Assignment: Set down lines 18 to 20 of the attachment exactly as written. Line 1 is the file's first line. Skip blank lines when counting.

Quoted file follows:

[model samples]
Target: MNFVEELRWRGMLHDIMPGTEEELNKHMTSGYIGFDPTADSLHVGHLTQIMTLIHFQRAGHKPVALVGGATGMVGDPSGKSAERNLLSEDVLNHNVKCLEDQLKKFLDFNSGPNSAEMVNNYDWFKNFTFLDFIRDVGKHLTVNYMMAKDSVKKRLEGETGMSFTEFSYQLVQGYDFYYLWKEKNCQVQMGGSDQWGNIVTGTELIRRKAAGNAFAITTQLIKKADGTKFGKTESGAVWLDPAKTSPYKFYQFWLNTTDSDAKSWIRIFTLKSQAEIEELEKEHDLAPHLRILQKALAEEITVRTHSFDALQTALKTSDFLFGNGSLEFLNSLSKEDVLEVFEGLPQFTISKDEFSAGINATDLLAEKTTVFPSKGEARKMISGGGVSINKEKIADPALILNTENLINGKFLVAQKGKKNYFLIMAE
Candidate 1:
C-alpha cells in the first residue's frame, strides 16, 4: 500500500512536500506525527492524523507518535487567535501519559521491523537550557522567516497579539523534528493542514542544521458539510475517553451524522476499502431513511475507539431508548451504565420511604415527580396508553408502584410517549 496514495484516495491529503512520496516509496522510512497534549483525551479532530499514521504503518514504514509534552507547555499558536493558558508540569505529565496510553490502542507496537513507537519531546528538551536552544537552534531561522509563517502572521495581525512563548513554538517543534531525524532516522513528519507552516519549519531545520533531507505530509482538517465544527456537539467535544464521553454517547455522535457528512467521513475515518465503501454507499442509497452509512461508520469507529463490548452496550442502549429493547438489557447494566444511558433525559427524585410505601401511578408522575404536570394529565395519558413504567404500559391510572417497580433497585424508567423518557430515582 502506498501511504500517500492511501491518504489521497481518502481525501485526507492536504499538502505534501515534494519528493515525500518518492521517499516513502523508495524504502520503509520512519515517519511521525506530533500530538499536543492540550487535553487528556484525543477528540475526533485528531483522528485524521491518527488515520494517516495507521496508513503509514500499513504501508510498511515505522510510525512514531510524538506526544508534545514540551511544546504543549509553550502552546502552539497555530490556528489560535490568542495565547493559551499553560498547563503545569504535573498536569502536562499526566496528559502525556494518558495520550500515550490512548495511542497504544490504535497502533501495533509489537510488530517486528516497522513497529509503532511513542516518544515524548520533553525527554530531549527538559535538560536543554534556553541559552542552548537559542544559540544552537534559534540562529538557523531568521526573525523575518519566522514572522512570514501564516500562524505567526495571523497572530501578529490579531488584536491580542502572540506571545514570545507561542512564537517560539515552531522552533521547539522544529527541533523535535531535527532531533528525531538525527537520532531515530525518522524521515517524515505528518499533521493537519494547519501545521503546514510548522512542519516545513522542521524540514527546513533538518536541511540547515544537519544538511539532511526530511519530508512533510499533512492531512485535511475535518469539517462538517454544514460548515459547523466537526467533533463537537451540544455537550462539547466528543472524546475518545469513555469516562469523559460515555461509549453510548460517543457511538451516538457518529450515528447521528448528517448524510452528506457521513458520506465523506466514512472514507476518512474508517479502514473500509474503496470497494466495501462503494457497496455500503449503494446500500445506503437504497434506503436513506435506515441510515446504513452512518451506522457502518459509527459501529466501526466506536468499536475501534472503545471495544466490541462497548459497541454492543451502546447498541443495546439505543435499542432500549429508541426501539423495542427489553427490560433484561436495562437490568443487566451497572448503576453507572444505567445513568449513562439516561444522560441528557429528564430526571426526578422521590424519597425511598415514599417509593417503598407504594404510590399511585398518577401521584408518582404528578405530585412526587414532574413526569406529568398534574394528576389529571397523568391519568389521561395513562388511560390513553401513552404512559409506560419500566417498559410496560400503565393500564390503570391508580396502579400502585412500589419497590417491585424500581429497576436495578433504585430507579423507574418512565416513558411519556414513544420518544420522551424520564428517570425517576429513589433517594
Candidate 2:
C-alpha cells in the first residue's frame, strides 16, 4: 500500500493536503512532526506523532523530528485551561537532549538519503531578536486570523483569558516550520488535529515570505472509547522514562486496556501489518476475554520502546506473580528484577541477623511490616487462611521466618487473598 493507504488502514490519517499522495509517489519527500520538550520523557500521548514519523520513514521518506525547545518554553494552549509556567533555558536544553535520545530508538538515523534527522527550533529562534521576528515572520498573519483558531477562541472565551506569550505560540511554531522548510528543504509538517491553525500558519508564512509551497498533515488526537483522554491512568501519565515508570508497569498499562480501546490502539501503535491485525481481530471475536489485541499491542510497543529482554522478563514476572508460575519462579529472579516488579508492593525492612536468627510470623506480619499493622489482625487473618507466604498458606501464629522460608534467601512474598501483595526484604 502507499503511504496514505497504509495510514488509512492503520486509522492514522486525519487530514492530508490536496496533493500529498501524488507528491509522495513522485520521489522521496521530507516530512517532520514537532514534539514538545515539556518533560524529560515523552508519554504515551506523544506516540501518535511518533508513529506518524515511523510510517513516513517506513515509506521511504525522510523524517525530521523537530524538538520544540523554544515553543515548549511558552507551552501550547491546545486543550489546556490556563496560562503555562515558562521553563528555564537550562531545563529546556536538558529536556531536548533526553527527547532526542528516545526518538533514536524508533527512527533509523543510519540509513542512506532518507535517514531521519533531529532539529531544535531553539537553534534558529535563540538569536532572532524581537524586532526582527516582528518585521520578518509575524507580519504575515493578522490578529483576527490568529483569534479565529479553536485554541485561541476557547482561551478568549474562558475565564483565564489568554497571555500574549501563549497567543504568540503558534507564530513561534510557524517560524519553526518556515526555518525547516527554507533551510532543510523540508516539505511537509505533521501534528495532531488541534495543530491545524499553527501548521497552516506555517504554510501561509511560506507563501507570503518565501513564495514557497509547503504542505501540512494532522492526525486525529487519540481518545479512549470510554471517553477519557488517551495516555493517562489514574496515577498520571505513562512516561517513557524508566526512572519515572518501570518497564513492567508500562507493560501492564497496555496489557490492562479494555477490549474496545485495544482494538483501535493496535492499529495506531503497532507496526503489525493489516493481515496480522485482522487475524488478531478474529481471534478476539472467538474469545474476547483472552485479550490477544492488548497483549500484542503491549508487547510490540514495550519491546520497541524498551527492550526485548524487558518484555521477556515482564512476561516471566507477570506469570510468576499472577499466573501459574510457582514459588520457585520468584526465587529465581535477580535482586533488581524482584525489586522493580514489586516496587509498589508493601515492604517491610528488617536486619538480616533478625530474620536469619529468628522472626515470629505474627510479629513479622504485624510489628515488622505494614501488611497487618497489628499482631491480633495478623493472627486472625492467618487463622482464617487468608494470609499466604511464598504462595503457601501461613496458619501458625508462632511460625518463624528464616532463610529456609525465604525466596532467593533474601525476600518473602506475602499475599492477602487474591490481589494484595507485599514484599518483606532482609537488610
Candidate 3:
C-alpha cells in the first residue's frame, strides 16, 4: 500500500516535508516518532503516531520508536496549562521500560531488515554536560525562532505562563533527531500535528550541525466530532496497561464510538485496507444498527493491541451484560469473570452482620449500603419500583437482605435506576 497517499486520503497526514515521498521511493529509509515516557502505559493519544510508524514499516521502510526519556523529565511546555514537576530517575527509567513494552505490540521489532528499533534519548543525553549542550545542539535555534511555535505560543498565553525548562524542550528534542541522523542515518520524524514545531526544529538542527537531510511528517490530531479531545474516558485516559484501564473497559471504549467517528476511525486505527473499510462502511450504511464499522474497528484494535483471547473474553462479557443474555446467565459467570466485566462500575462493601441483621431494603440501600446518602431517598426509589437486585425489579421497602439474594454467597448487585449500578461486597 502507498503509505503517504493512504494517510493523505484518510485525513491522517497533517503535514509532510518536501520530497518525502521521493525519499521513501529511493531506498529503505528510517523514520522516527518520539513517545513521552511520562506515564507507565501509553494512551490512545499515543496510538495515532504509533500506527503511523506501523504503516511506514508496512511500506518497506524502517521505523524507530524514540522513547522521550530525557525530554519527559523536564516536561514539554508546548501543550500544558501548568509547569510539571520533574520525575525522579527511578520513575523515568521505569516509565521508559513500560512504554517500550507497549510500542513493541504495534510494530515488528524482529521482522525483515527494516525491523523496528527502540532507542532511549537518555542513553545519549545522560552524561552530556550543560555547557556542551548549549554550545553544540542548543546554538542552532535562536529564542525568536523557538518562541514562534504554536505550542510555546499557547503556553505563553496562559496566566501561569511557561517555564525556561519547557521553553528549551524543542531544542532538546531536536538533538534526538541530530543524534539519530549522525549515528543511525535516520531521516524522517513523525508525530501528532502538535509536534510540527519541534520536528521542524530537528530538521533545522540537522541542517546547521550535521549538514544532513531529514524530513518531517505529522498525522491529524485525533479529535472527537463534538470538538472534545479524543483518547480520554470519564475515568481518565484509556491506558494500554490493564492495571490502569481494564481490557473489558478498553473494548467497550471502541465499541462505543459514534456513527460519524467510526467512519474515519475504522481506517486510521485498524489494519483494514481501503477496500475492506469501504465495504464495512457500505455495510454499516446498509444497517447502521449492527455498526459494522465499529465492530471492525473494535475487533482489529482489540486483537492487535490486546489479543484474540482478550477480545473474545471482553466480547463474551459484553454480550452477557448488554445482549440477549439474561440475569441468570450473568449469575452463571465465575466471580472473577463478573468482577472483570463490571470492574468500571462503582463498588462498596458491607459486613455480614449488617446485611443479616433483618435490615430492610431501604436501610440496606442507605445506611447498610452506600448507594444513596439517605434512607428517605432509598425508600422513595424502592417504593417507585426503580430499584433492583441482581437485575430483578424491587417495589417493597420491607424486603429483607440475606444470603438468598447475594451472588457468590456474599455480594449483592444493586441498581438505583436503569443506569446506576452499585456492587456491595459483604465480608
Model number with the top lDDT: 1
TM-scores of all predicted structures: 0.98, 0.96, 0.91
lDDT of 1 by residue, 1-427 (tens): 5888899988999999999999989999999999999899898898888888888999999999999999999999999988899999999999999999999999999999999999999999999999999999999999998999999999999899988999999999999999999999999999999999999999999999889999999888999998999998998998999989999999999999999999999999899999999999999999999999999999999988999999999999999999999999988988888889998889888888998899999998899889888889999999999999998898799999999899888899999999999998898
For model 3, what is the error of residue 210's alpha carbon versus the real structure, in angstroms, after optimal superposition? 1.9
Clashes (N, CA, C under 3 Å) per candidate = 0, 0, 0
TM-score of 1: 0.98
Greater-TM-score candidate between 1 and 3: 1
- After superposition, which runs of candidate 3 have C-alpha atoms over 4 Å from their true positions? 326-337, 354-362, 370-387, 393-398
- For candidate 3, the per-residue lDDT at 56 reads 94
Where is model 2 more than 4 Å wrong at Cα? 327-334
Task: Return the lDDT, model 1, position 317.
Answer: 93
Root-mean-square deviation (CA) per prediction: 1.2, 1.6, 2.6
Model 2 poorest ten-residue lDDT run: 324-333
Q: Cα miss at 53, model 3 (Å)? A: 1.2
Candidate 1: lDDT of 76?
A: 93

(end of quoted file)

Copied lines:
Where is model 2 more than 4 Å wrong at Cα? 327-334
Task: Return the lDDT, model 1, position 317.
Answer: 93